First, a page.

Sweden has a concerning position as a punching bag for American right-wing extremists – often cheered on by Swedes with a shared set of beliefs. But when it suits their agenda, the same forces highlight Sweden as a positive role model, new research at Malmö University reveals.

Tina Askanius, associate professor in media and communication science, studied the image of Sweden among the American extreme right during her time as a Fulbright scholar in Washington DC.

Sweden is both a threat and a beacon, like an empty vessel that can be filled with whatever ideological content suits the moment.

Tina Askanius

“Sweden is portrayed as a totalitarian state where policies promoting multiculturalism, immigration, and feminism have completely failed,” says Askanius.

The story conveyed, Askanius found, is that Sweden is not only on the verge of, or in, the middle of a societal collapse but is also threatened by the annihilation of its "white indigenous population" due to demographic developments. She also found the narrative forwarded the notion that Sweden itself has orchestrated this “downfall”, has been invaded by Muslim forces who wish to Islamise Sweden, and is a country in sexual and moral decay where homosexuality and fluid gender identities are imposed by the state.

Rather than studying established and well-known right-wing media such as Fox News, she has studied the underbelly of more extreme alternative media outlets which, in the USA, is larger and has more funding than in Sweden. Interest in Sweden in the USA has always been great, but according to Askanius it exploded during the Syrian refugee crisis as a symbol that progressive and socialist politics do not work. However, a few years later the Swedish corona strategy suddenly became a celebrated example among right-wing forces and anti-vaxers who opposed government interference in people's lives.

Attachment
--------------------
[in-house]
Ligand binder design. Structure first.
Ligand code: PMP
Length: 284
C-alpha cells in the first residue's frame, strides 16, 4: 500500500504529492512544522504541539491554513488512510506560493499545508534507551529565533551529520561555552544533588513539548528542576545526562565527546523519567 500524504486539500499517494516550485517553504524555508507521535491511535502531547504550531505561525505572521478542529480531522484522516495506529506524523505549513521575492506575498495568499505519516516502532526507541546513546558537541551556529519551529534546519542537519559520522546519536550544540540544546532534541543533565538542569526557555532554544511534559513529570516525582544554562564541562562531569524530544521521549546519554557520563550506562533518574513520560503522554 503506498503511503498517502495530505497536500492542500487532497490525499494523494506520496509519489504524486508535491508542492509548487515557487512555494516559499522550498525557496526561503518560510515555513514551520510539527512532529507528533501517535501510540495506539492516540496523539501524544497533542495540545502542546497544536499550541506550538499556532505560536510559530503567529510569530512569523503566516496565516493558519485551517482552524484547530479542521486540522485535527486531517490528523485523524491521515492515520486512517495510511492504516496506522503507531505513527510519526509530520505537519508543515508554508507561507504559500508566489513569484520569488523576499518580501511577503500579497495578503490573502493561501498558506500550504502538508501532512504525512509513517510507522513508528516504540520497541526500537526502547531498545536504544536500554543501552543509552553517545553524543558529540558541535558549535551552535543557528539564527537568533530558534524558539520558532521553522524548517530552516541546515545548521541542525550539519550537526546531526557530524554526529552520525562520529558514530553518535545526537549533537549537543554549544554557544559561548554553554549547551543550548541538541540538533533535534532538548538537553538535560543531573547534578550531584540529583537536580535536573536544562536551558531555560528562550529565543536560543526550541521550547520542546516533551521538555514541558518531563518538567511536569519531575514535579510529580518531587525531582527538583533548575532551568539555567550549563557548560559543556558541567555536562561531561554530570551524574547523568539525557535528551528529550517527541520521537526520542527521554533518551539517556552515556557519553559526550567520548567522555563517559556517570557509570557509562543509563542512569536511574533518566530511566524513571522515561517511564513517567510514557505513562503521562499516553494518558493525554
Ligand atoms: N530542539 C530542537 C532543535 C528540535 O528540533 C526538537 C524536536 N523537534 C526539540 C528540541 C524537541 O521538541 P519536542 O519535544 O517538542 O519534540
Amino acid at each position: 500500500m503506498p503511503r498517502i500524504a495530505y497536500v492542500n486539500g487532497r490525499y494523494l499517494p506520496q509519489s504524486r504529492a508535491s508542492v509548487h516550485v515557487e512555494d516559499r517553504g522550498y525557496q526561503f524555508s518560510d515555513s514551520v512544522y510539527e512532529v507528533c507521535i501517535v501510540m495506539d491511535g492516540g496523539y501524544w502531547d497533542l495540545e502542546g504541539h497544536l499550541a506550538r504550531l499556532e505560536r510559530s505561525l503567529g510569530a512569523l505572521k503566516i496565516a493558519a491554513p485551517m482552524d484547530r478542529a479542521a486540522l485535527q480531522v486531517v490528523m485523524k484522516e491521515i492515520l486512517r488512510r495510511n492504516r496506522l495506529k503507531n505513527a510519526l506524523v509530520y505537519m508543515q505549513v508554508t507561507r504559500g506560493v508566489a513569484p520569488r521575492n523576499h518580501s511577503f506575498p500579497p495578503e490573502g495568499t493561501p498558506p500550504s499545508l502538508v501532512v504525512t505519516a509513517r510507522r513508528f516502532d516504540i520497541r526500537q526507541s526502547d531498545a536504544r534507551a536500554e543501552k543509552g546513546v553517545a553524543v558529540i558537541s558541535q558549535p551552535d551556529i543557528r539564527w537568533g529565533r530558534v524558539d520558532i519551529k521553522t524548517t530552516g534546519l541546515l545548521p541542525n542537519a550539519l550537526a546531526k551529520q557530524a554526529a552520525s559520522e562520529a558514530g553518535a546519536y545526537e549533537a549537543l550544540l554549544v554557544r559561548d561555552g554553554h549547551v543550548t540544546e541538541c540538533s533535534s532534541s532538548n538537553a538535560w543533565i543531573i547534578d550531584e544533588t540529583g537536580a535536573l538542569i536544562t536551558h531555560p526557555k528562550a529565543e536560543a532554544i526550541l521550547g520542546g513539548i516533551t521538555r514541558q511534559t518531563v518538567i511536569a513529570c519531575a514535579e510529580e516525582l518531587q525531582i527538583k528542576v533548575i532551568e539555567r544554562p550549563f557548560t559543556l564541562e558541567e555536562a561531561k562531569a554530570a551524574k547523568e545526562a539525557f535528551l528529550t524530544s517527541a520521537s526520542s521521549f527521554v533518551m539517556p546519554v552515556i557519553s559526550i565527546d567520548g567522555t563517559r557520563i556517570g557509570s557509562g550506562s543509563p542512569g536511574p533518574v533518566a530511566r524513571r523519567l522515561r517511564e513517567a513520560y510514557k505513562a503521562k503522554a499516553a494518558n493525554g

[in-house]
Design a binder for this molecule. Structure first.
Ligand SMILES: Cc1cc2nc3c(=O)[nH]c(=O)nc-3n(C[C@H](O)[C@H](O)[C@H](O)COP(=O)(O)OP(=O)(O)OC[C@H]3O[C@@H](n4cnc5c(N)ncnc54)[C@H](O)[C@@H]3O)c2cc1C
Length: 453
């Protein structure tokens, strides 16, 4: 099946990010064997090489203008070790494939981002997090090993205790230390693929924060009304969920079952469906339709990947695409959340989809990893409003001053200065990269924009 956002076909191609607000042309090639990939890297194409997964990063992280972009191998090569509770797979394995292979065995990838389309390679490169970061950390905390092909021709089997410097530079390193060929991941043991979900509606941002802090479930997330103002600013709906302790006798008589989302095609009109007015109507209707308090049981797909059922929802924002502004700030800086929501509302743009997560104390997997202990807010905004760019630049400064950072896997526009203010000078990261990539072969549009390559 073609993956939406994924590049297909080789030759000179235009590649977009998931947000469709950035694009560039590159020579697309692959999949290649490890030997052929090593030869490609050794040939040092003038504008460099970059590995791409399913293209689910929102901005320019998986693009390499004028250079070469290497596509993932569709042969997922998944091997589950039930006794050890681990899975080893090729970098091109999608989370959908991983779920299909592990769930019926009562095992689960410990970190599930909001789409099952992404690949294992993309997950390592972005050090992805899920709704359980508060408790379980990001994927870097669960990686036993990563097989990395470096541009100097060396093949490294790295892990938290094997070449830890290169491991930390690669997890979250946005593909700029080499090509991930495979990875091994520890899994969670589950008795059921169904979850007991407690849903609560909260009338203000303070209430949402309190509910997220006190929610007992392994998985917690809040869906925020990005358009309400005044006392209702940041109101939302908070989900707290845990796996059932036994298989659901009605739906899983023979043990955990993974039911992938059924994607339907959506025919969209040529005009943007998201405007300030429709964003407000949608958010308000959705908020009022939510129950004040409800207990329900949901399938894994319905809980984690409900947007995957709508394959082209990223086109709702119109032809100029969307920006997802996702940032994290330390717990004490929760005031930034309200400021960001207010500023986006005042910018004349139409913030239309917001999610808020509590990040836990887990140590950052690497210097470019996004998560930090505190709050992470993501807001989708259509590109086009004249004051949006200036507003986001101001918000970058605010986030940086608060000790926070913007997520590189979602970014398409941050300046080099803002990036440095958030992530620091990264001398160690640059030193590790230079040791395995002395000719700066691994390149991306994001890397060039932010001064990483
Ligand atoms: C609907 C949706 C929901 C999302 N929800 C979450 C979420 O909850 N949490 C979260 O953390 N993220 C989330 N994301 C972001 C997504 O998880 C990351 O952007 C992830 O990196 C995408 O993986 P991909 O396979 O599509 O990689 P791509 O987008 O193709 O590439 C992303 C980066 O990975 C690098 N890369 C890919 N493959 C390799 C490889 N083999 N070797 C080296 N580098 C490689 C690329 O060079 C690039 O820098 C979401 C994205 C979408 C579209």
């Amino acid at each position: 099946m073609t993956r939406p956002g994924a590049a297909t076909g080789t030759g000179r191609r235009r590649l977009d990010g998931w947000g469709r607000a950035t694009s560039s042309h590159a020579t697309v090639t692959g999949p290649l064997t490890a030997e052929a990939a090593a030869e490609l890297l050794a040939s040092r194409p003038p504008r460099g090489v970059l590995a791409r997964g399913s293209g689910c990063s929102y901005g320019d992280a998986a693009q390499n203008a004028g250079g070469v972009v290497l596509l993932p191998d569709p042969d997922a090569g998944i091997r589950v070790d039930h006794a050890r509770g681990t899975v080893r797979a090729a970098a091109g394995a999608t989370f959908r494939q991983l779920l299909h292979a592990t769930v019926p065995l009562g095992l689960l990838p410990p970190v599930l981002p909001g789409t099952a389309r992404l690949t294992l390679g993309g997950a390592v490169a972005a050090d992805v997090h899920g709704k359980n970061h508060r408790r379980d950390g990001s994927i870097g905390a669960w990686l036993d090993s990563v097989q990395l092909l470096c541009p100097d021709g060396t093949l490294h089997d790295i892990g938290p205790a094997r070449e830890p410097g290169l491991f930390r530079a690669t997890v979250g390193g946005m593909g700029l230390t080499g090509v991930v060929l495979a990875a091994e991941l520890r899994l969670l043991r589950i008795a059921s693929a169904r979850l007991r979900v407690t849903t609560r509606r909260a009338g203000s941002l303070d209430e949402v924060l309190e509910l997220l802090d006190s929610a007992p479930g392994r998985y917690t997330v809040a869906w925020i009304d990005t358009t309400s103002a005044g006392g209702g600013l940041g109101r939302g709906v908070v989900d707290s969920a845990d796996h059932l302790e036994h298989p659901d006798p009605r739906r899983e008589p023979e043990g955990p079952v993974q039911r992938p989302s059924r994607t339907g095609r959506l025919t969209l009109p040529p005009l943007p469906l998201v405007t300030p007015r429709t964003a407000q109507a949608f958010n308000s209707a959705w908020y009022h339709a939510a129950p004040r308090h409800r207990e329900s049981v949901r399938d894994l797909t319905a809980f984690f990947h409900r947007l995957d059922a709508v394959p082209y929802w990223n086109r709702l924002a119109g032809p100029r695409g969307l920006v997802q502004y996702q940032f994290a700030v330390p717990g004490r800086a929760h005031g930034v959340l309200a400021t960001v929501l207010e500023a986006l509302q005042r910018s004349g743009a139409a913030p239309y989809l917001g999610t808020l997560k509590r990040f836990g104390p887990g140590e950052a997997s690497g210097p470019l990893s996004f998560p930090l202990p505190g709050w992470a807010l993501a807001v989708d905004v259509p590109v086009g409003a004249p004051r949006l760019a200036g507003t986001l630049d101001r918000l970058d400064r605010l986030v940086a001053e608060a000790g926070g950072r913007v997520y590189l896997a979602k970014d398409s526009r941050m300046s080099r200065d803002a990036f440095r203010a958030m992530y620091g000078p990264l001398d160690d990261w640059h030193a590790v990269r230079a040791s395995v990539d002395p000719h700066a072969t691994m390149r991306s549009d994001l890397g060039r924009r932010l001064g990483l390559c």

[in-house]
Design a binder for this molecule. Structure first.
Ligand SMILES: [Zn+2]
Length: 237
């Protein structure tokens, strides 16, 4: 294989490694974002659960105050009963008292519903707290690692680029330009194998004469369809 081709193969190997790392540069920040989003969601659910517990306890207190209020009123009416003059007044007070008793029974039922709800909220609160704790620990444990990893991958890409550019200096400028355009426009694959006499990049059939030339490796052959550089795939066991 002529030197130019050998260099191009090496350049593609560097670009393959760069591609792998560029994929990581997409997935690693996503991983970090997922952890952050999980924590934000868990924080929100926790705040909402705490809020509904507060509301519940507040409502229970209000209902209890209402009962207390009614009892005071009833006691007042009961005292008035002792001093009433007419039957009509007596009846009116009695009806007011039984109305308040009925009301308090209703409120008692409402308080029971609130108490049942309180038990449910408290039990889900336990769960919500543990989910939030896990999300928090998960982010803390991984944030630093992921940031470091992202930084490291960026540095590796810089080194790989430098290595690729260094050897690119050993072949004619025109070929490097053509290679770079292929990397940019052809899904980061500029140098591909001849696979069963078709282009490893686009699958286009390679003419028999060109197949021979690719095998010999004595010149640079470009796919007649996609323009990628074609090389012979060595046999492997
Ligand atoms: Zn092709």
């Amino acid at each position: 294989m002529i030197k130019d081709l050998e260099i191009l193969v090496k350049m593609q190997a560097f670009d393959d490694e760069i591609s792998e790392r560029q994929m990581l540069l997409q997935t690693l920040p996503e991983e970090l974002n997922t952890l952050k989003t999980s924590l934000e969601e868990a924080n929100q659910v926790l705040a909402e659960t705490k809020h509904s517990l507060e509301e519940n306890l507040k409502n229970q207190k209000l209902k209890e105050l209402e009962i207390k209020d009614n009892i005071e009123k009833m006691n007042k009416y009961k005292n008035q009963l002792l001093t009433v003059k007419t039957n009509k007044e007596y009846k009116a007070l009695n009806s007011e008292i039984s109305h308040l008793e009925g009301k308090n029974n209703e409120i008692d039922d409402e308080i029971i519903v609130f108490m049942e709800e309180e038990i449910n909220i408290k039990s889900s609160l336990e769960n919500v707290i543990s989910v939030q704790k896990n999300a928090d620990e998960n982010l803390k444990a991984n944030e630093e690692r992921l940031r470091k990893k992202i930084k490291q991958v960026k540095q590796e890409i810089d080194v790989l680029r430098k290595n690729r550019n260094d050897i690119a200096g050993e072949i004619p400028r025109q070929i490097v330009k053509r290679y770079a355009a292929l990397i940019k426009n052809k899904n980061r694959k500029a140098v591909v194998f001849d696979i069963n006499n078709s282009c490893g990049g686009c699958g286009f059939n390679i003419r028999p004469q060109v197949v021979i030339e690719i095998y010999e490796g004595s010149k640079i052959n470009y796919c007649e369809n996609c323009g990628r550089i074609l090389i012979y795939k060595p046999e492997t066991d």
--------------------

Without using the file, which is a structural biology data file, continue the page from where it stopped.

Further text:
“It awakened the whole freedom rhetoric of the extreme right. The picture is fuzzy, Sweden is both a threat and a beacon, like an empty vessel that can be filled with whatever ideological content suits the moment,” says Askanius.

While Sweden is allowed to represent the aberrations of multiculturalism, it is still promoted as the "cradle of whiteness". The new centre-right government has also "finally brought down the overtly feminist foreign policy". The aim of Askanius' research is to understand: how these conflicting narratives work, and what ideas fuel right-wing mobilisations, and disinformation campaigns; how did these alternative media become part of a larger disinformation campaign against Sweden? And, when did the ideas start to move from an extreme sphere into the digital mainstream?

“Historically, there has been a mutual interest between the countries. There are also many Swedish actors and YouTubers on the far-right who operate in the US and profit from reproducing this image of Sweden,” says Askanius.

Text: Magnus Jando & Adrian Grist